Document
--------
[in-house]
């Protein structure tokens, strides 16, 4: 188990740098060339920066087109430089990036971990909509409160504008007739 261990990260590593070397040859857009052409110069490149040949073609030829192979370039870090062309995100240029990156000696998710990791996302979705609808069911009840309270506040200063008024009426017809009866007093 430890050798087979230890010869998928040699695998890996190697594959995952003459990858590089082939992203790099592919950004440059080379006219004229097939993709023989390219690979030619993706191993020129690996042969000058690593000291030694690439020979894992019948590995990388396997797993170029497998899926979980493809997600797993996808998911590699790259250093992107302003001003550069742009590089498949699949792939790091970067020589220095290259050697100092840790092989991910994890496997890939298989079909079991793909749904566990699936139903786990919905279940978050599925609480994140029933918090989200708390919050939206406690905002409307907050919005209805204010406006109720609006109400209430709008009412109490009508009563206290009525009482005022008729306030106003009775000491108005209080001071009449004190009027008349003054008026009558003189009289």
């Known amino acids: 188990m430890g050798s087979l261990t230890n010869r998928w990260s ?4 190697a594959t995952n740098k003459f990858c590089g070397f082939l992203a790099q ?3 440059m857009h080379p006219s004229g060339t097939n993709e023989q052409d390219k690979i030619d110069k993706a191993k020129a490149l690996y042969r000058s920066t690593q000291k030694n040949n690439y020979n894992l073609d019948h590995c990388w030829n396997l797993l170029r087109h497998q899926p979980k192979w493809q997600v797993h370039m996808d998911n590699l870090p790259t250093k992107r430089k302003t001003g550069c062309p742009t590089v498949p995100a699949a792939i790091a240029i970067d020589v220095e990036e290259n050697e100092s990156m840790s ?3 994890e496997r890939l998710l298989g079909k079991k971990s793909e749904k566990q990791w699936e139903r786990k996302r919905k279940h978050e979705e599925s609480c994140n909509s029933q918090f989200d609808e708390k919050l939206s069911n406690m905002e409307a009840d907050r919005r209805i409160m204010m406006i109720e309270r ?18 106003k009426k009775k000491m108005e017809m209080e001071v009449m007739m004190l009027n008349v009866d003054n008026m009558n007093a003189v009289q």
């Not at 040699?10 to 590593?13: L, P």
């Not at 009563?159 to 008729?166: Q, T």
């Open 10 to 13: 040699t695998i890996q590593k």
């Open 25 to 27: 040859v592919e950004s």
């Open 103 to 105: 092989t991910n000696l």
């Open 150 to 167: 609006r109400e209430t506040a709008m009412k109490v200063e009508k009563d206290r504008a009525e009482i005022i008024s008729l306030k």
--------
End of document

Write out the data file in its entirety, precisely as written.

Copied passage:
[in-house]
């Protein structure tokens, strides 16, 4: 188990740098060339920066087109430089990036971990909509409160504008007739 261990990260590593070397040859857009052409110069490149040949073609030829192979370039870090062309995100240029990156000696998710990791996302979705609808069911009840309270506040200063008024009426017809009866007093 430890050798087979230890010869998928040699695998890996190697594959995952003459990858590089082939992203790099592919950004440059080379006219004229097939993709023989390219690979030619993706191993020129690996042969000058690593000291030694690439020979894992019948590995990388396997797993170029497998899926979980493809997600797993996808998911590699790259250093992107302003001003550069742009590089498949699949792939790091970067020589220095290259050697100092840790092989991910994890496997890939298989079909079991793909749904566990699936139903786990919905279940978050599925609480994140029933918090989200708390919050939206406690905002409307907050919005209805204010406006109720609006109400209430709008009412109490009508009563206290009525009482005022008729306030106003009775000491108005209080001071009449004190009027008349003054008026009558003189009289």
């Known amino acids: 188990m430890g050798s087979l261990t230890n010869r998928w990260s ?4 190697a594959t995952n740098k003459f990858c590089g070397f082939l992203a790099q ?3 440059m857009h080379p006219s004229g060339t097939n993709e023989q052409d390219k690979i030619d110069k993706a191993k020129a490149l690996y042969r000058s920066t690593q000291k030694n040949n690439y020979n894992l073609d019948h590995c990388w030829n396997l797993l170029r087109h497998q899926p979980k192979w493809q997600v797993h370039m996808d998911n590699l870090p790259t250093k992107r430089k302003t001003g550069c062309p742009t590089v498949p995100a699949a792939i790091a240029i970067d020589v220095e990036e290259n050697e100092s990156m840790s ?3 994890e496997r890939l998710l298989g079909k079991k971990s793909e749904k566990q990791w699936e139903r786990k996302r919905k279940h978050e979705e599925s609480c994140n909509s029933q918090f989200d609808e708390k919050l939206s069911n406690m905002e409307a009840d907050r919005r209805i409160m204010m406006i109720e309270r ?18 106003k009426k009775k000491m108005e017809m209080e001071v009449m007739m004190l009027n008349v009866d003054n008026m009558n007093a003189v009289q």
């Not at 040699?10 to 590593?13: L, P």
């Not at 009563?159 to 008729?166: Q, T």
């Open 10 to 13: 040699t695998i890996q590593k």
């Open 25 to 27: 040859v592919e950004s």
């Open 103 to 105: 092989t991910n000696l």
């Open 150 to 167: 609006r109400e209430t506040a709008m009412k109490v200063e009508k009563d206290r504008a009525e009482i005022i008024s008729l306030k």